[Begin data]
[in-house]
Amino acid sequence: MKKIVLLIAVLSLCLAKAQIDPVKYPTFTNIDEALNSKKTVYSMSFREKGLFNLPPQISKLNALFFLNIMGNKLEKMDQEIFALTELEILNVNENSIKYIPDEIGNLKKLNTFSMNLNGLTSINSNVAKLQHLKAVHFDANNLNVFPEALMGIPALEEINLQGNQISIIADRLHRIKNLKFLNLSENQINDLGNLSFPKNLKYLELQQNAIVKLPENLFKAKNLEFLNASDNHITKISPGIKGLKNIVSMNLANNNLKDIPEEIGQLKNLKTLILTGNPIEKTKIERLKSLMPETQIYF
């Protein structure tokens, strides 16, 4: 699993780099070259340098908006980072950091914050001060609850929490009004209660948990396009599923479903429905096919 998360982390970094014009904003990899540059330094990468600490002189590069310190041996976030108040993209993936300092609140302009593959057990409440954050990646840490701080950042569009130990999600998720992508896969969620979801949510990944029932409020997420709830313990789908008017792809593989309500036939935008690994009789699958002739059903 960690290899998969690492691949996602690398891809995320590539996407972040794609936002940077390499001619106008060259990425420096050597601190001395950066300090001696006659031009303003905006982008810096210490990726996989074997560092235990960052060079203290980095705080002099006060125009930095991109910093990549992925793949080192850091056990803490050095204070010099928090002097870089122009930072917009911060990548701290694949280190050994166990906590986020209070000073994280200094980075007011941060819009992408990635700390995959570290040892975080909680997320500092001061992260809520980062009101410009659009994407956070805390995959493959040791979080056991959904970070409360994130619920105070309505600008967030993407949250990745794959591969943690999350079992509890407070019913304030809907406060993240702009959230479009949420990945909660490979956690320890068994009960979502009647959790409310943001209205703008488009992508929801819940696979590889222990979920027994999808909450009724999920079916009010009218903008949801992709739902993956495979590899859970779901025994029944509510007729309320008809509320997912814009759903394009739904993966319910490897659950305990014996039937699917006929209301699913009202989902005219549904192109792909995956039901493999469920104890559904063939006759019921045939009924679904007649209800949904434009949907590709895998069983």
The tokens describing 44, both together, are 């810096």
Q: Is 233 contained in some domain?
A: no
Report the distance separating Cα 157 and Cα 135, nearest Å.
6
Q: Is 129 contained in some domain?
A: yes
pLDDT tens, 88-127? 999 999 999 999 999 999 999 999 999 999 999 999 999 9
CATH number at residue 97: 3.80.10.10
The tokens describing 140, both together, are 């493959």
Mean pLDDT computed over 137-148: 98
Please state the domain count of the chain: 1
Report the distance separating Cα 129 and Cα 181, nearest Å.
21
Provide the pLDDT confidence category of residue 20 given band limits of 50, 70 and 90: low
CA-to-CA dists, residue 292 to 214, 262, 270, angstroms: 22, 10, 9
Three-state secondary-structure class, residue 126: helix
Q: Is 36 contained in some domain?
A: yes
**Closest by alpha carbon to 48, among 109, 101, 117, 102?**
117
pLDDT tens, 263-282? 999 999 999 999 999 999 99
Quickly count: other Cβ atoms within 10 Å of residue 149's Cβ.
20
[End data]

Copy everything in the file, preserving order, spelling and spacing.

[in-house]
Amino acid sequence: MKKIVLLIAVLSLCLAKAQIDPVKYPTFTNIDEALNSKKTVYSMSFREKGLFNLPPQISKLNALFFLNIMGNKLEKMDQEIFALTELEILNVNENSIKYIPDEIGNLKKLNTFSMNLNGLTSINSNVAKLQHLKAVHFDANNLNVFPEALMGIPALEEINLQGNQISIIADRLHRIKNLKFLNLSENQINDLGNLSFPKNLKYLELQQNAIVKLPENLFKAKNLEFLNASDNHITKISPGIKGLKNIVSMNLANNNLKDIPEEIGQLKNLKTLILTGNPIEKTKIERLKSLMPETQIYF
């Protein structure tokens, strides 16, 4: 699993780099070259340098908006980072950091914050001060609850929490009004209660948990396009599923479903429905096919 998360982390970094014009904003990899540059330094990468600490002189590069310190041996976030108040993209993936300092609140302009593959057990409440954050990646840490701080950042569009130990999600998720992508896969969620979801949510990944029932409020997420709830313990789908008017792809593989309500036939935008690994009789699958002739059903 960690290899998969690492691949996602690398891809995320590539996407972040794609936002940077390499001619106008060259990425420096050597601190001395950066300090001696006659031009303003905006982008810096210490990726996989074997560092235990960052060079203290980095705080002099006060125009930095991109910093990549992925793949080192850091056990803490050095204070010099928090002097870089122009930072917009911060990548701290694949280190050994166990906590986020209070000073994280200094980075007011941060819009992408990635700390995959570290040892975080909680997320500092001061992260809520980062009101410009659009994407956070805390995959493959040791979080056991959904970070409360994130619920105070309505600008967030993407949250990745794959591969943690999350079992509890407070019913304030809907406060993240702009959230479009949420990945909660490979956690320890068994009960979502009647959790409310943001209205703008488009992508929801819940696979590889222990979920027994999808909450009724999920079916009010009218903008949801992709739902993956495979590899859970779901025994029944509510007729309320008809509320997912814009759903394009739904993966319910490897659950305990014996039937699917006929209301699913009202989902005219549904192109792909995956039901493999469920104890559904063939006759019921045939009924679904007649209800949904434009949907590709895998069983």
The tokens describing 44, both together, are 């810096």
Q: Is 233 contained in some domain?
A: no
Report the distance separating Cα 157 and Cα 135, nearest Å.
6
Q: Is 129 contained in some domain?
A: yes
pLDDT tens, 88-127? 999 999 999 999 999 999 999 999 999 999 999 999 999 9
CATH number at residue 97: 3.80.10.10
The tokens describing 140, both together, are 């493959």
Mean pLDDT computed over 137-148: 98
Please state the domain count of the chain: 1
Report the distance separating Cα 129 and Cα 181, nearest Å.
21
Provide the pLDDT confidence category of residue 20 given band limits of 50, 70 and 90: low
CA-to-CA dists, residue 292 to 214, 262, 270, angstroms: 22, 10, 9
Three-state secondary-structure class, residue 126: helix
Q: Is 36 contained in some domain?
A: yes
**Closest by alpha carbon to 48, among 109, 101, 117, 102?**
117
pLDDT tens, 263-282? 999 999 999 999 999 999 99
Quickly count: other Cβ atoms within 10 Å of residue 149's Cβ.
20